Bankruptcy courts have had to modify some of the traditional ways that the bankruptcy rules apply and the ways that bankruptcy courts conduct their business.
Virtual Attorney Meetings and Document Exchanges
Many bankruptcy courts have begun allowing debtors and their attorneys to handle much of their interactions and information exchanges virtually rather than through a traditional in-person meeting in an attorney’s office. An original signature may be accepted electronically rather than with pen on paper.
Meeting of Creditors
When a debtor files bankruptcy, the debtor will have to attend what is called the “meeting of creditors” under Section 341 of the Bankruptcy Code. For all cases filed through July 10, 2020, these meetings will be conducted by telephone or teleconference. Your bankruptcy attorney will be able to advise you on what the court where you file will require. You can also check the website for that court.
Changes Made by the CARES Act
To help debtors and the bankruptcy courts during the COVID-19 pandemic, Congress made some temporary changes to the bankruptcy process. These changes expire on March 27, 2021, unless extended by another act of Congress. Under the federal Coronavirus Aid, Relief, and Economic Security (CARES) Act, stimulus checks and other payments under federal law that are related to the coronavirus will not affect a debtor’s eligibility to file for bankruptcy relief under chapter 7 or chapter 13. Those payments will not count as current monthly income under Chapter 7, and they will not be deemed disposable income for those debtors seeking to file under Chapter 13.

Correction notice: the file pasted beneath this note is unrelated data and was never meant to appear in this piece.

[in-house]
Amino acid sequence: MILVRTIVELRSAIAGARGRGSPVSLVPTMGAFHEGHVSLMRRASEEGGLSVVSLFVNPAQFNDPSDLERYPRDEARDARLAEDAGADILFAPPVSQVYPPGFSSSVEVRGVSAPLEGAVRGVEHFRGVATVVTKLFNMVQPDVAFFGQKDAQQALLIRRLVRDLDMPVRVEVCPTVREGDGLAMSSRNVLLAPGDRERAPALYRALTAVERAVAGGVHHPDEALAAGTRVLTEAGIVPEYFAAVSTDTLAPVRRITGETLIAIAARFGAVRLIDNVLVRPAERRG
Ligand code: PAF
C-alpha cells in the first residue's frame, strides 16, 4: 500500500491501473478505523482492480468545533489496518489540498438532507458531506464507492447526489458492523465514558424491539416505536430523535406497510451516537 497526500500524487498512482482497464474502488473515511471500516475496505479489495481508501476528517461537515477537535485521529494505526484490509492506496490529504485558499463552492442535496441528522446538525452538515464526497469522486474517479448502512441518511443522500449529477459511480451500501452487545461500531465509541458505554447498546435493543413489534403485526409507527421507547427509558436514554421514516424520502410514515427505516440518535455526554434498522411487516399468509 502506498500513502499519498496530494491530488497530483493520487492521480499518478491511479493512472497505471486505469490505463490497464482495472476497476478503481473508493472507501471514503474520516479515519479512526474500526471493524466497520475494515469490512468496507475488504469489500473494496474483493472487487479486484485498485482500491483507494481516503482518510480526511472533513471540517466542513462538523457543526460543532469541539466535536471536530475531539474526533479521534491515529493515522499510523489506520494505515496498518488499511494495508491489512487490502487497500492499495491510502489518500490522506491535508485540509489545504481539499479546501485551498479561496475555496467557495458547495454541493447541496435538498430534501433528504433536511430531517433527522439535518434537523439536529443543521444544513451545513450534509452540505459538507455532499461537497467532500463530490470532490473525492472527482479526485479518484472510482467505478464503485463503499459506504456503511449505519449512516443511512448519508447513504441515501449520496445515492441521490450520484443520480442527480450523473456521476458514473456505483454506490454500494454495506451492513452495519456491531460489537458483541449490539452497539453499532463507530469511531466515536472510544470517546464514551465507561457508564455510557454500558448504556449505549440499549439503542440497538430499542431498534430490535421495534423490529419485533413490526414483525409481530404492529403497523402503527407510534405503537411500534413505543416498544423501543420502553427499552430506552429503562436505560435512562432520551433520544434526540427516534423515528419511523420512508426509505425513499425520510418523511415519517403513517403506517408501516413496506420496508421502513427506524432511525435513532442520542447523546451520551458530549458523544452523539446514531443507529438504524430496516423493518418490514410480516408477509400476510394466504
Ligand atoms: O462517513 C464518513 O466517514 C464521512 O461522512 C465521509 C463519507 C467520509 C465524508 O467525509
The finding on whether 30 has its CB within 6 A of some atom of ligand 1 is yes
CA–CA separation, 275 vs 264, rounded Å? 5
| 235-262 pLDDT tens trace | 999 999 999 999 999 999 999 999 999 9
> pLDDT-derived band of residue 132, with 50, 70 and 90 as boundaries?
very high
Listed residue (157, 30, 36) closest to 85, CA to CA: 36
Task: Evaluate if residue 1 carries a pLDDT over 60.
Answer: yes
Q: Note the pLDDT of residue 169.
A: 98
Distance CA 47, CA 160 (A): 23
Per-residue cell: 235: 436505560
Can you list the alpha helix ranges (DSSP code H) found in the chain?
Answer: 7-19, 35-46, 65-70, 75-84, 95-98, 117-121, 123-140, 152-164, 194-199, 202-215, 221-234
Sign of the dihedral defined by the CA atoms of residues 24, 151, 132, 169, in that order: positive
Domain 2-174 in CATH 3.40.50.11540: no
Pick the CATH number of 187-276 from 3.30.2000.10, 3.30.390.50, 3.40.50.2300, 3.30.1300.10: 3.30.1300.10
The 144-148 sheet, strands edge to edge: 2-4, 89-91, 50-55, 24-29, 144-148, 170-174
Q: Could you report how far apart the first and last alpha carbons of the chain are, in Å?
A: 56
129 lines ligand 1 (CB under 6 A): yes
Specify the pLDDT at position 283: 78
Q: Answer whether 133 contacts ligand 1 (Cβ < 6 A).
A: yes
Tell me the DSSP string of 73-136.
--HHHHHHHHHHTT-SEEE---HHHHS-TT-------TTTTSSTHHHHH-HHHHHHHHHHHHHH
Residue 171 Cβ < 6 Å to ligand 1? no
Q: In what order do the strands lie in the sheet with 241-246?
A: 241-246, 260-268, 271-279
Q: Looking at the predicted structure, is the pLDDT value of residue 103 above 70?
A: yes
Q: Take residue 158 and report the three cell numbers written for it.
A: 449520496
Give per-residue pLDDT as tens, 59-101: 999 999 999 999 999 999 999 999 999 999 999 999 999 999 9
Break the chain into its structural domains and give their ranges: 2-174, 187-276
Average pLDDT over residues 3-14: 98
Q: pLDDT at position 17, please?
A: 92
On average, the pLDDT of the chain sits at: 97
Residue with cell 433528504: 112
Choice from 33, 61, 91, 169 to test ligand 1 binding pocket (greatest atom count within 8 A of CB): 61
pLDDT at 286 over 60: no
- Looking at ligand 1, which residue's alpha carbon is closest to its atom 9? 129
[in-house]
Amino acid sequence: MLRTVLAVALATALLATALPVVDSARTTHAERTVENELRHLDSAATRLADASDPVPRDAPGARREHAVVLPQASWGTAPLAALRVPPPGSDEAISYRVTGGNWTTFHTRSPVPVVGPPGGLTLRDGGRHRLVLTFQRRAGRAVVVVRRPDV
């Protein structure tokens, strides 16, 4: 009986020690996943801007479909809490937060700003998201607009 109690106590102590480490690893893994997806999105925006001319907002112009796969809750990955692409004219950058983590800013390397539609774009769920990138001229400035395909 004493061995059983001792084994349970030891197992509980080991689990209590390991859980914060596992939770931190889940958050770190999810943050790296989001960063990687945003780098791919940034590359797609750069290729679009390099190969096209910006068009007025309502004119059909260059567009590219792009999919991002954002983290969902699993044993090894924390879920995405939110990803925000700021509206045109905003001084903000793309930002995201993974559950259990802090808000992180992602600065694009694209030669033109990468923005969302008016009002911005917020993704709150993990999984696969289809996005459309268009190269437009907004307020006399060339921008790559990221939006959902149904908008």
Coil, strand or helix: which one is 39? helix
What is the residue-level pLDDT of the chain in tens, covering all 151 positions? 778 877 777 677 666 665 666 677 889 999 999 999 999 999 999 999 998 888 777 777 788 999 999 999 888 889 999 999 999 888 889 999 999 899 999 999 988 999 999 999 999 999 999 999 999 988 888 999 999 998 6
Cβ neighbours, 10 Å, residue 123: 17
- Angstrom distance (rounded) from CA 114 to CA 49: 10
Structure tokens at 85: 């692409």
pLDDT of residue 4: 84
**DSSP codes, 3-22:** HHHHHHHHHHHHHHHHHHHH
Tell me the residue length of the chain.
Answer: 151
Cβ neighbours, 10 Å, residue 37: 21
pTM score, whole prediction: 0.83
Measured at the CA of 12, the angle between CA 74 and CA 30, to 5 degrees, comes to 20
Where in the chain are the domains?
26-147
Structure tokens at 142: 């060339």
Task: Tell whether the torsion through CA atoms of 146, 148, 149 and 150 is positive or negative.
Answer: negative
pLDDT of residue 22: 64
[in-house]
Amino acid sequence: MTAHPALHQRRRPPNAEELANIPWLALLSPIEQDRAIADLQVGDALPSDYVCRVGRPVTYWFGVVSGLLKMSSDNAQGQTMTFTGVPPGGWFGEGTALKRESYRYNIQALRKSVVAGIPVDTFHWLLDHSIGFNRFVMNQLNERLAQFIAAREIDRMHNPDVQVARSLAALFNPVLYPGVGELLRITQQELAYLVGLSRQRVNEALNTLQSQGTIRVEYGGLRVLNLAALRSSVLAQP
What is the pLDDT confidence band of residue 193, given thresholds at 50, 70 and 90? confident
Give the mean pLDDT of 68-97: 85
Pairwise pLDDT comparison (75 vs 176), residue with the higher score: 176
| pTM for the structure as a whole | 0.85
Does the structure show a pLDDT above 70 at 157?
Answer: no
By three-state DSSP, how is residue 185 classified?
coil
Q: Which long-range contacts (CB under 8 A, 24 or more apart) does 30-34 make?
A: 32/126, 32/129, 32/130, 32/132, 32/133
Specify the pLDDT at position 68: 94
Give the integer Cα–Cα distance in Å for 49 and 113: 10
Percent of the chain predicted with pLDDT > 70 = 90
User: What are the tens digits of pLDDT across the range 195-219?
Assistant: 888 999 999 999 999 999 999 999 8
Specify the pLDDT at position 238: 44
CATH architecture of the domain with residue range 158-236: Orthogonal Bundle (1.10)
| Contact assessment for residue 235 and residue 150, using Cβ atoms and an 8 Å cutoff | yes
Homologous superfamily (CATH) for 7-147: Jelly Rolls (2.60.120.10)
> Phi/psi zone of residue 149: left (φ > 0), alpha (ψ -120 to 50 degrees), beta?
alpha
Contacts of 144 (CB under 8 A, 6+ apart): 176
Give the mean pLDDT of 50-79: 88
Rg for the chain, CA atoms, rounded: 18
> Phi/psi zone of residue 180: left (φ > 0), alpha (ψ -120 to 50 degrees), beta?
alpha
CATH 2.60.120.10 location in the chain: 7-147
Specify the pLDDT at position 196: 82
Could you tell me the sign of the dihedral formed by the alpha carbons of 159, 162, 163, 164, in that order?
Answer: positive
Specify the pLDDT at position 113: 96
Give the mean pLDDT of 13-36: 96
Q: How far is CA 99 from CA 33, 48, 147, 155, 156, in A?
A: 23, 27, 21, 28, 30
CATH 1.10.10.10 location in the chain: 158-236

For debtors who are already performing under a Chapter 13 repayment plan, the CARES Act permits them to extend the length of their plan out to seven years. To do so the debtor must show a material financial hardship resulting from COVID-19 at a hearing before the bankruptcy court.
Bankruptcy Law Protections for Business Owners
Small businesses may utilize a streamlined chapter 11 process which saves time and expense. The streamlined process eliminates the creditor committee requirement in Chapter 11 and allows a bankruptcy trustee to monitor the debtor’s payments. It allows the debtor to submit a reorganization plan during the first 90 days of the case. The judge can approve it if it is fair and equitable and reasonably likely to succeed. Once approved, the debtor must keep up with plan payments during the life of the plan.
The CARES Act increased the eligibility requirements for this streamlined chapter 11, enabling larger businesses to take advantage of it. Through March 26, 2021, a business can use this less-expensive reorganization process if the business has up to $7.5 million in noncontingent liquidated secured and unsecured debt. After that date, the debt ceiling will revert to the standard amount of $2,725,625, unless Congress extends the relief.
Speak with an Experienced Bankruptcy Attorney at KPPB LAW for More Information
If COVID-19 has you struggling financially, don’t delay. Talk with a skilled bankruptcy attorney at KPPB LAW. They may be able to help you avoid bankruptcy by entering into negotiations with your creditors to restructure your debt and work out a forbearance arrangement. If bankruptcy appears to be the best way to resolve your financial difficulties, a KPPB LAW bankruptcy attorney can help you prepare for it and guide you each step of the way. Contact them today for a consultation about your situation.